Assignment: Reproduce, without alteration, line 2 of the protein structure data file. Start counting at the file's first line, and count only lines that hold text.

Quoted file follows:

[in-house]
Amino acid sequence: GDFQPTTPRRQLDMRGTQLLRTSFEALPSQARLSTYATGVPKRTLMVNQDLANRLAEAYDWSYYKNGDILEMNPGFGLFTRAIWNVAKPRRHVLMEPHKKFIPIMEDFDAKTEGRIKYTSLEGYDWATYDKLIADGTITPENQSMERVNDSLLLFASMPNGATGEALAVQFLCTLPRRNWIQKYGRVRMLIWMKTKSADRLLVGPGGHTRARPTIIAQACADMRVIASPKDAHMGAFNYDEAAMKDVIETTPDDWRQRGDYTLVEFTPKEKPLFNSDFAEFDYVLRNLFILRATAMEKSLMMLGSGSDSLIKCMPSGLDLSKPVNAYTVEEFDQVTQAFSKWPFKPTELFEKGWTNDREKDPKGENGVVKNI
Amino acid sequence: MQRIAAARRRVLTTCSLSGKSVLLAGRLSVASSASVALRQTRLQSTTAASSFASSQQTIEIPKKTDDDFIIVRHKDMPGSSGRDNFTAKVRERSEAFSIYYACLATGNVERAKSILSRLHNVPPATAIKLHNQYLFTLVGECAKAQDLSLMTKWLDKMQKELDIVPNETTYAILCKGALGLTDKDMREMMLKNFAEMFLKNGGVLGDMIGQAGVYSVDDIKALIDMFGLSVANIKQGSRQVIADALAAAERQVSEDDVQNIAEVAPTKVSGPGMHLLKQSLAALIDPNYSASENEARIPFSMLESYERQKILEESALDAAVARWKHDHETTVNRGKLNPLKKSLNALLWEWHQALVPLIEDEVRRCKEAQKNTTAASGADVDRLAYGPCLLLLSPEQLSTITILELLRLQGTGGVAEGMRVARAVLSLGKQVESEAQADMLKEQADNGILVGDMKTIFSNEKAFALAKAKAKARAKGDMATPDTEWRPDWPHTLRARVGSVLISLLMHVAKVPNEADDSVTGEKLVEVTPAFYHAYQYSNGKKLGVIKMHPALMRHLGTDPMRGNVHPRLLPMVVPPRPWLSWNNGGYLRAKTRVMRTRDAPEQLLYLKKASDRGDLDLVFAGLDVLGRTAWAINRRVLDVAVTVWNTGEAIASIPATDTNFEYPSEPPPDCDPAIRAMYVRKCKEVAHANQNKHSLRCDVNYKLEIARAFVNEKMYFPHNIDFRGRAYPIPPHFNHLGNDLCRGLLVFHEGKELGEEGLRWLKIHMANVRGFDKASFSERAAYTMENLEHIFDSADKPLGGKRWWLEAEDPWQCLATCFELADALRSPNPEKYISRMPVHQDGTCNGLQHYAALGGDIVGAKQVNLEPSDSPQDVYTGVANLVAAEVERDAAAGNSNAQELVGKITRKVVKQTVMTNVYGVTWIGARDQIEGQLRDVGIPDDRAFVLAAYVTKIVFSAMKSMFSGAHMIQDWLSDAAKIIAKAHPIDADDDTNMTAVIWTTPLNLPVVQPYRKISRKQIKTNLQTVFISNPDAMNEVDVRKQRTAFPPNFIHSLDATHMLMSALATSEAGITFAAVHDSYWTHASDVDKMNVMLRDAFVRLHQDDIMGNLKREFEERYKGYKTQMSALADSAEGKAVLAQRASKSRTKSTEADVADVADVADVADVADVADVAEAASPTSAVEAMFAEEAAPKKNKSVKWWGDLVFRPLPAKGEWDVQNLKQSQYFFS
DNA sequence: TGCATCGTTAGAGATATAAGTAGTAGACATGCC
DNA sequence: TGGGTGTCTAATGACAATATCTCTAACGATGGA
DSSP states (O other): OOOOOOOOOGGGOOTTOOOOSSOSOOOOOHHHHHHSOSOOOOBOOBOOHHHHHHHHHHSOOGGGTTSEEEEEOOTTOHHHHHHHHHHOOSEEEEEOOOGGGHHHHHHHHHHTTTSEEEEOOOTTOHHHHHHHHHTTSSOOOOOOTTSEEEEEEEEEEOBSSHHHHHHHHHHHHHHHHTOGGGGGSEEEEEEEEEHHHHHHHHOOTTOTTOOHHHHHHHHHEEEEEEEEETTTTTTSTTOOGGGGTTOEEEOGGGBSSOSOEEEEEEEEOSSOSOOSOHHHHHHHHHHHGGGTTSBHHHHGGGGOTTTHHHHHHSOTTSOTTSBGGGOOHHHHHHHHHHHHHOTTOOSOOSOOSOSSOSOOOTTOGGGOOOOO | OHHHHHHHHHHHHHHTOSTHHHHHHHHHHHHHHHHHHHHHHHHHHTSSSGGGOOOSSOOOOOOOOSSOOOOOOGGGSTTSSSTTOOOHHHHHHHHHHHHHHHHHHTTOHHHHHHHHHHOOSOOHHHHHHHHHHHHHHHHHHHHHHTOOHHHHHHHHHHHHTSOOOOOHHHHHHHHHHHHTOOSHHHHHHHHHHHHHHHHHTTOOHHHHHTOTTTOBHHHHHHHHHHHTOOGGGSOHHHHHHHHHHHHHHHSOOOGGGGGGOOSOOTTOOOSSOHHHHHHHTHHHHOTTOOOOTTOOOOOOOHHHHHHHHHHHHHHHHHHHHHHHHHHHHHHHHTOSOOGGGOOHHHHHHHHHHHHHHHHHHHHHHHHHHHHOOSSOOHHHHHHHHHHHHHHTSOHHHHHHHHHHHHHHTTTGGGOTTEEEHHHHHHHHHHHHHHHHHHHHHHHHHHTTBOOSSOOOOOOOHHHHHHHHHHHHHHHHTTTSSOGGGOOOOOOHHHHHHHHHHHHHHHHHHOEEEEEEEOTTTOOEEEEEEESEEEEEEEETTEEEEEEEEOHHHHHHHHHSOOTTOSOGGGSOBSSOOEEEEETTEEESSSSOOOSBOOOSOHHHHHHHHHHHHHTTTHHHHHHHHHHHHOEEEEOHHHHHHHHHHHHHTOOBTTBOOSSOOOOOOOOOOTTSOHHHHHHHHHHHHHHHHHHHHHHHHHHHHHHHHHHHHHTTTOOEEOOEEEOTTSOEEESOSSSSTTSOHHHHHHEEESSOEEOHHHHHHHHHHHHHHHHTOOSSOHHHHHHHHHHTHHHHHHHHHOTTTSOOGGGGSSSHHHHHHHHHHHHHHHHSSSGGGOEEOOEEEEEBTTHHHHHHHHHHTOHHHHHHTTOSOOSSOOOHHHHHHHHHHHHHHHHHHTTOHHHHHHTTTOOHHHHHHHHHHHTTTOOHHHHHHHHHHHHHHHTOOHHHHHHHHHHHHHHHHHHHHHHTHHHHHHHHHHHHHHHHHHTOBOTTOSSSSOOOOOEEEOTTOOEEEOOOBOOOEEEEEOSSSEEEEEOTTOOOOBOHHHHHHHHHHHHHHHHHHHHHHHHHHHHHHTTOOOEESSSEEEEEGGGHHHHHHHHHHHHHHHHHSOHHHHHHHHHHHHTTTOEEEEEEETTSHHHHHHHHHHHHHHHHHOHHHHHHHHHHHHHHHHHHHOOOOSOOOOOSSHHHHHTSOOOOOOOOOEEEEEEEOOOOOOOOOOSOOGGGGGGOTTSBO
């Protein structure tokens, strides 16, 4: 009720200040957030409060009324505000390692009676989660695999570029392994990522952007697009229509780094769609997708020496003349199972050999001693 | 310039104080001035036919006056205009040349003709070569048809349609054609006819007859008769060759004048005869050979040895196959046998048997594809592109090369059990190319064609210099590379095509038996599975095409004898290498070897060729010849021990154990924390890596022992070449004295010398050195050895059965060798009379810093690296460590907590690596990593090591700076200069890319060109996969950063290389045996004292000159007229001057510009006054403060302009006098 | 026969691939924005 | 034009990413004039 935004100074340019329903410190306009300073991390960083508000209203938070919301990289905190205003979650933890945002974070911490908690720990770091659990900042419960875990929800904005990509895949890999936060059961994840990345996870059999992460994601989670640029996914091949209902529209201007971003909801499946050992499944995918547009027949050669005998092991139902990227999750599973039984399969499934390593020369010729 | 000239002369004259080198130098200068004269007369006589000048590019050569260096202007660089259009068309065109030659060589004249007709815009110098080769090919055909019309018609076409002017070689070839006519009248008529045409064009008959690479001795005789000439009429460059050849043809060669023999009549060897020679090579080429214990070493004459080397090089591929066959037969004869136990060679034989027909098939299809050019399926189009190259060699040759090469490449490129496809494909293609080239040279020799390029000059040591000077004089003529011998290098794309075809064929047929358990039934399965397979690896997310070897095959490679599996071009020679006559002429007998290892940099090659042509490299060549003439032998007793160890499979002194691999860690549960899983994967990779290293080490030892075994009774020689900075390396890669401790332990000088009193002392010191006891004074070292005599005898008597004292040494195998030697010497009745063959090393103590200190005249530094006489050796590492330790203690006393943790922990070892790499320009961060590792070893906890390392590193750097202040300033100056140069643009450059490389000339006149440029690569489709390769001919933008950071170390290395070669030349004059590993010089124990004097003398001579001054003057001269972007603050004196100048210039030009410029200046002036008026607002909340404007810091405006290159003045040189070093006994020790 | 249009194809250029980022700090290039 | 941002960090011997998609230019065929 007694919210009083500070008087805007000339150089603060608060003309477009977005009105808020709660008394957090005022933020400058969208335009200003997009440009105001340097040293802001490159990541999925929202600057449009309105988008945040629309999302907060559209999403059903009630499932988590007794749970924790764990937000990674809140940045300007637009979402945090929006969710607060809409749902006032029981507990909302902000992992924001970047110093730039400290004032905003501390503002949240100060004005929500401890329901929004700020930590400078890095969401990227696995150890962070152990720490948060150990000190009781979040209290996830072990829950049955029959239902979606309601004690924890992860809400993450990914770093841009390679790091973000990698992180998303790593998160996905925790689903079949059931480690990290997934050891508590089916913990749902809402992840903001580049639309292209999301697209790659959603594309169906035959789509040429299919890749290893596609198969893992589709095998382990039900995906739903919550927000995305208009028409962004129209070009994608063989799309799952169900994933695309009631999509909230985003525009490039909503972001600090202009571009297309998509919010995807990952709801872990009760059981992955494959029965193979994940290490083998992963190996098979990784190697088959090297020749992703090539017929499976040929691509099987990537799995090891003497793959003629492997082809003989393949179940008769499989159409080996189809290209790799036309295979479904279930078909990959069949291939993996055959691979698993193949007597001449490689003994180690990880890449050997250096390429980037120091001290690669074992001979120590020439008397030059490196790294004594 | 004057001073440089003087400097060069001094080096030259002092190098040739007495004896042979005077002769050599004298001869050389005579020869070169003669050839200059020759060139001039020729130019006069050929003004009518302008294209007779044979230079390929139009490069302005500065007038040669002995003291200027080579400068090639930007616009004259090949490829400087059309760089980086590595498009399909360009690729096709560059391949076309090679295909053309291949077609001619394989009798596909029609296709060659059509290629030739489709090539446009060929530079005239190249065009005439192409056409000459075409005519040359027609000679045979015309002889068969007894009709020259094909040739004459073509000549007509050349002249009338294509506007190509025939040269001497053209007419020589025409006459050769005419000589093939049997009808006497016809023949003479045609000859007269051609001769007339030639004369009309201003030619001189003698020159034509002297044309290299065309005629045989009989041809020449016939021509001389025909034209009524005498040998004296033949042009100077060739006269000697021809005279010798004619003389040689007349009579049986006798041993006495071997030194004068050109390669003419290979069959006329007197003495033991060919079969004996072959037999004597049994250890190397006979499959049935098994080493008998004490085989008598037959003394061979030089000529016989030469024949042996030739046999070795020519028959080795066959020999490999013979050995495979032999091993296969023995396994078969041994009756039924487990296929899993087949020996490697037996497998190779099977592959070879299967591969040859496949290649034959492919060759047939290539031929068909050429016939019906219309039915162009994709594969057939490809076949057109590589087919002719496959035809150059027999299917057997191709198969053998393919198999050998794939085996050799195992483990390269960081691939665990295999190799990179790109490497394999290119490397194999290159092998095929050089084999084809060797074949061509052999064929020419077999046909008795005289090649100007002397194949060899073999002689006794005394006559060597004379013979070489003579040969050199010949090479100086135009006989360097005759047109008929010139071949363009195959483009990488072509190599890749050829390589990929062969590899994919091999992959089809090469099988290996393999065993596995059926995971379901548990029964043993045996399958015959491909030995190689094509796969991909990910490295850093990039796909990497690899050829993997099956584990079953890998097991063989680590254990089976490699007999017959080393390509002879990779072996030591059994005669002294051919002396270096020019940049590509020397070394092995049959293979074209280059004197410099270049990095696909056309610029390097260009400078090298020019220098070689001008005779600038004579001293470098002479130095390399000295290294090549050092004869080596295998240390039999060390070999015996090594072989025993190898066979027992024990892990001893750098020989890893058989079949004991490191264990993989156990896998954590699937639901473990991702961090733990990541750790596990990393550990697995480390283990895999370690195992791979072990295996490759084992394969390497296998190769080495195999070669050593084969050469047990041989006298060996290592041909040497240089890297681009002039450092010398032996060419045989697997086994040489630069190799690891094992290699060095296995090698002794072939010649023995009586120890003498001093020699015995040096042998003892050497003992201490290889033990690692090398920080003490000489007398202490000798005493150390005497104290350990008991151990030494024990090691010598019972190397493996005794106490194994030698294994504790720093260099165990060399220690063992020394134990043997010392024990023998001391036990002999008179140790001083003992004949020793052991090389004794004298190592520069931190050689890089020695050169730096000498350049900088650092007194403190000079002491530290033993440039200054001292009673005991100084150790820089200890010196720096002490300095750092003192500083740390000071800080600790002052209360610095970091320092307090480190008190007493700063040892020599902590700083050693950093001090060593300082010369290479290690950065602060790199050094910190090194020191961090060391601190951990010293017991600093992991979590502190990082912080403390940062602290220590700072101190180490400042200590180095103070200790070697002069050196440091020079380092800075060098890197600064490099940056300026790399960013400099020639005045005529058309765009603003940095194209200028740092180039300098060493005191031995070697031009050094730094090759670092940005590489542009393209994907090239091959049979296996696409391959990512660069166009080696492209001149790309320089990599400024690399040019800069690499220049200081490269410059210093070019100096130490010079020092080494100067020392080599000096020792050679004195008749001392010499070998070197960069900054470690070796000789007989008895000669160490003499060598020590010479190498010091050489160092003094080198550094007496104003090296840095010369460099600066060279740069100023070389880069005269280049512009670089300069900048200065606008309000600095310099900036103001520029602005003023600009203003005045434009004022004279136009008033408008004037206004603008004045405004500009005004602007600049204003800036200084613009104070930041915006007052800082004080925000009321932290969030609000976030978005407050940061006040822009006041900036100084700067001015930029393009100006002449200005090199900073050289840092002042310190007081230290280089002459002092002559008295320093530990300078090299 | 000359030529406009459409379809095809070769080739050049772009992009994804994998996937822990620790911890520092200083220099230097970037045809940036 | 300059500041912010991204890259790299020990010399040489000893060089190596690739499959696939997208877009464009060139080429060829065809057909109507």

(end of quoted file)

Amino acid sequence: GDFQPTTPRRQLDMRGTQLLRTSFEALPSQARLSTYATGVPKRTLMVNQDLANRLAEAYDWSYYKNGDILEMNPGFGLFTRAIWNVAKPRRHVLMEPHKKFIPIMEDFDAKTEGRIKYTSLEGYDWATYDKLIADGTITPENQSMERVNDSLLLFASMPNGATGEALAVQFLCTLPRRNWIQKYGRVRMLIWMKTKSADRLLVGPGGHTRARPTIIAQACADMRVIASPKDAHMGAFNYDEAAMKDVIETTPDDWRQRGDYTLVEFTPKEKPLFNSDFAEFDYVLRNLFILRATAMEKSLMMLGSGSDSLIKCMPSGLDLSKPVNAYTVEEFDQVTQAFSKWPFKPTELFEKGWTNDREKDPKGENGVVKNI